Fifteen years ago, when I wanted to discover new music, I used to leave a blank videotape in the VCR recording MTV from late at night until dawn—a T120 Extended Play that recorded about six hours of video—and go to sleep, keeping my fingers crossed that I catch a good video. Today we live every night knowing that, if Glenn Monroig kisses Fofé (two Puerto Rican artists) again on stage after a spectacular duet, the recording will appear on YouTube within a few hours.
With more than one billion users and 300 hours of video added every minute, YouTube has become an important part of the Internet. The variety of the great visuals that it offers—whether it's videos of cats, old advertisements, or people drenching themselves in buckets of ice—never ends, but among all this content the use of Youtube as a music platform stands out.
Coexisting and in constant competition for millions of views are the videos of Don Omar, Katy Perry, and a million others. We can also easily find any lost recordings of our favorite experimental band from the 1960s, and of course increasingly more local, independent music. “If it is not on Youtube, it does not exist,” one of the members of Los Niños Estelares (767,000 views) told me years ago, who, along with reggaetonero artists like Jamsha (56 million views) from Ponce, Puerto Rico, bet early and fully on the platform as a mechanism to promote their music.
On the other hand, the exposure that emerging bands like Buscabulla, Alegría Rampante, and Los Wálters y Fantasmes enjoy in specialized media inside and outside the country is due largely to the quality of their audiovisuals. The massive scope of YouTube is not just an attractive promotional vehicle for emerging musicians, but in turn it is used as a creative engine to encourage an entire community of artists towards collaboration and experimentation. Directors, writers, actors, performance artists, designers, animators, and musicians work together to highlight their creations in a world of increasingy audiovisual content.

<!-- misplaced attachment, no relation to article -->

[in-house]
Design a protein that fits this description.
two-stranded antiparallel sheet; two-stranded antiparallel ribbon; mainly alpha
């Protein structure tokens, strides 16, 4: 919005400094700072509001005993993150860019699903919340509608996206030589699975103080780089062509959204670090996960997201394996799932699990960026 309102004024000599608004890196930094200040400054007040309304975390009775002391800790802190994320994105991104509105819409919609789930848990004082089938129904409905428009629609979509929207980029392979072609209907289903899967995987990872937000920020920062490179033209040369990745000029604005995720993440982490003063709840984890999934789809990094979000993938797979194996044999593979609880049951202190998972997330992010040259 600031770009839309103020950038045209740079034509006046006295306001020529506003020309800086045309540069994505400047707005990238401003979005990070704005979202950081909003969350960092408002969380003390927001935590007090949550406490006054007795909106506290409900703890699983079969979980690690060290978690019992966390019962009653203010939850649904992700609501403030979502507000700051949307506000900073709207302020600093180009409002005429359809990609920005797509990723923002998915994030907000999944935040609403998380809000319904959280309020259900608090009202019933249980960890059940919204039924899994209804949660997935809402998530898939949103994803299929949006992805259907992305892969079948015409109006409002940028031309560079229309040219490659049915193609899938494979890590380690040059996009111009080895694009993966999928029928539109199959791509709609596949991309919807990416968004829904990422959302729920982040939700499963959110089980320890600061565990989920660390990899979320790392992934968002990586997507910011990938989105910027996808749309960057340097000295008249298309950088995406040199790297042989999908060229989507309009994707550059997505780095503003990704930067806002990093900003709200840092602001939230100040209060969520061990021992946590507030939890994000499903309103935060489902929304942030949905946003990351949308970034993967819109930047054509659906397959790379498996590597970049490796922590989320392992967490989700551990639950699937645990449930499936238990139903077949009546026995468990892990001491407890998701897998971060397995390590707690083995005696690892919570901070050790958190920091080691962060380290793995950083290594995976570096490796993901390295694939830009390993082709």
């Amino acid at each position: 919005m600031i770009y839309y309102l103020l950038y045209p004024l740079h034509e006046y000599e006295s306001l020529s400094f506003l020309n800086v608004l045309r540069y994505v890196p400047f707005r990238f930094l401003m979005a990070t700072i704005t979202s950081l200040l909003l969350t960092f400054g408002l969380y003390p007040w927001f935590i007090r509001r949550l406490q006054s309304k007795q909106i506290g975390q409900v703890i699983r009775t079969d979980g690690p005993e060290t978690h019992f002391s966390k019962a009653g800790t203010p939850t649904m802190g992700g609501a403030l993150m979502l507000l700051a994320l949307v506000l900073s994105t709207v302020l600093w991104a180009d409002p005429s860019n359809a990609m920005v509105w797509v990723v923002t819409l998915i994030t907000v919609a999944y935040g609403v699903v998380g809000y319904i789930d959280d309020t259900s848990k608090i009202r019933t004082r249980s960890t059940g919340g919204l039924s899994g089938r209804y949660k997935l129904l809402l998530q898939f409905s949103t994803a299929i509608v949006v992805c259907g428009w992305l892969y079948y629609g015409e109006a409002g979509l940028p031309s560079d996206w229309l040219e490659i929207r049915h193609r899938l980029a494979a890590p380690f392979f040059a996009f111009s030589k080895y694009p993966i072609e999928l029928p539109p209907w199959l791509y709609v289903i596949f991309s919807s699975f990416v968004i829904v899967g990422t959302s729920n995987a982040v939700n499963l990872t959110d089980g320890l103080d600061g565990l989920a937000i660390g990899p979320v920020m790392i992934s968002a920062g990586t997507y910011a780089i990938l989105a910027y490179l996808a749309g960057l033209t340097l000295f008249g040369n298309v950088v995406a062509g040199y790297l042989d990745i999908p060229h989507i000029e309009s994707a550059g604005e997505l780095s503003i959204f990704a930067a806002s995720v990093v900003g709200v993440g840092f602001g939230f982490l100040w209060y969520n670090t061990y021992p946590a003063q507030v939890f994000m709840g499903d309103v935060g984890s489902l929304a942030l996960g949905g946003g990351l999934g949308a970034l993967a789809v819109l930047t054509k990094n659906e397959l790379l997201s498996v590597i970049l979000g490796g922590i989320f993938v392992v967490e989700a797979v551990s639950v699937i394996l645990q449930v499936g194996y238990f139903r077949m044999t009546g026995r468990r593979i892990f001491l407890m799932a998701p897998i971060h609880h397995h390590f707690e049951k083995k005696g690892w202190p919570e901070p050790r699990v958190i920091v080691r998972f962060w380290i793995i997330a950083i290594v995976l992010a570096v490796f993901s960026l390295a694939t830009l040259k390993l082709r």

That competition for the attention of a global audience has resulted in a marked increase in the quality of locally produced music videos—both in technique and in content—and from all of this it's very likely that a new generation of Puerto Rican filmmakers will be born, following in the footsteps of other greats from around the world like Spike Jonze, David Fincher, and Michel Gondry.
Below is a selection of some of the most outstanding music videos of the past few months.
Buscabulla – “Métele”
Directed by Dan Sickles and Dr. Antonio Santini, Buscabulla‘s third video is an extension of the excellent documentary Mala Mala that portrays the diversity of Puerto Rico's transgender community. The group performed on Sunday, March 1, as part of the NRMAL Festival in Mexico and will release a vinyl edition of their EP in April.
Alegría Rampante – “El Recipiente”
The fourth collaboration between Alegría Rampante and the audiovisual production team 9A5 Cine Crew has resulted in the most striking and emotive music video of the group to date. Directed by William Rosario Cruz, the video describes the evolution of a “made-in-the-sea” being and its arrival in the ruins of civilization. The artist Angel Flores from Santurce brings to life to this character—el recipiente—through elastic contortions and blank stares, slowly learning to be. The long-awaited debut of Alegría Rampante will reach your ears in the coming months.
Fantasmes – “They Will”